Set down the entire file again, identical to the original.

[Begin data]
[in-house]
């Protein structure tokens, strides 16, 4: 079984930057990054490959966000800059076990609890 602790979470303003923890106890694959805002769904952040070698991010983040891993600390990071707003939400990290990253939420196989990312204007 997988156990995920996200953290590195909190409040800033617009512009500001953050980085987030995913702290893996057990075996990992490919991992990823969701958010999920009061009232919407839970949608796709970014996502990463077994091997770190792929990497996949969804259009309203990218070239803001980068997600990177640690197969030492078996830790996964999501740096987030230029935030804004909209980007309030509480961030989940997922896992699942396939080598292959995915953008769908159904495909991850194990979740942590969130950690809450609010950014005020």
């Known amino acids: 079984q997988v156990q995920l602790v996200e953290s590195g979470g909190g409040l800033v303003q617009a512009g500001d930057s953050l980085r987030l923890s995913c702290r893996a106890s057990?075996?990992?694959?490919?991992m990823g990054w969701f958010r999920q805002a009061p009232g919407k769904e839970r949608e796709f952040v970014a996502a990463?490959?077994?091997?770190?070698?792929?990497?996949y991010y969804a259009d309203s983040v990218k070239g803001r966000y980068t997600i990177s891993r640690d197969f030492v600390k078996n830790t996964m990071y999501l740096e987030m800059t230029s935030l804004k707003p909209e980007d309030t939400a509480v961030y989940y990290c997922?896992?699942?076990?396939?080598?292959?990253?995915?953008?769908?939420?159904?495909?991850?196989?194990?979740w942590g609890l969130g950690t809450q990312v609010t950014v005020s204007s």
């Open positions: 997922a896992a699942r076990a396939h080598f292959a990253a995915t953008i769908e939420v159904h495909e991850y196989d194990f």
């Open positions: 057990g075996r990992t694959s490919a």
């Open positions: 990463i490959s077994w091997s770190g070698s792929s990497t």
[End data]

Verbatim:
[in-house]
């Protein structure tokens, strides 16, 4: 079984930057990054490959966000800059076990609890 602790979470303003923890106890694959805002769904952040070698991010983040891993600390990071707003939400990290990253939420196989990312204007 997988156990995920996200953290590195909190409040800033617009512009500001953050980085987030995913702290893996057990075996990992490919991992990823969701958010999920009061009232919407839970949608796709970014996502990463077994091997770190792929990497996949969804259009309203990218070239803001980068997600990177640690197969030492078996830790996964999501740096987030230029935030804004909209980007309030509480961030989940997922896992699942396939080598292959995915953008769908159904495909991850194990979740942590969130950690809450609010950014005020």
């Known amino acids: 079984q997988v156990q995920l602790v996200e953290s590195g979470g909190g409040l800033v303003q617009a512009g500001d930057s953050l980085r987030l923890s995913c702290r893996a106890s057990?075996?990992?694959?490919?991992m990823g990054w969701f958010r999920q805002a009061p009232g919407k769904e839970r949608e796709f952040v970014a996502a990463?490959?077994?091997?770190?070698?792929?990497?996949y991010y969804a259009d309203s983040v990218k070239g803001r966000y980068t997600i990177s891993r640690d197969f030492v600390k078996n830790t996964m990071y999501l740096e987030m800059t230029s935030l804004k707003p909209e980007d309030t939400a509480v961030y989940y990290c997922?896992?699942?076990?396939?080598?292959?990253?995915?953008?769908?939420?159904?495909?991850?196989?194990?979740w942590g609890l969130g950690t809450q990312v609010t950014v005020s204007s």
């Open positions: 997922a896992a699942r076990a396939h080598f292959a990253a995915t953008i769908e939420v159904h495909e991850y196989d194990f």
């Open positions: 057990g075996r990992t694959s490919a």
């Open positions: 990463i490959s077994w091997s770190g070698s792929s990497t």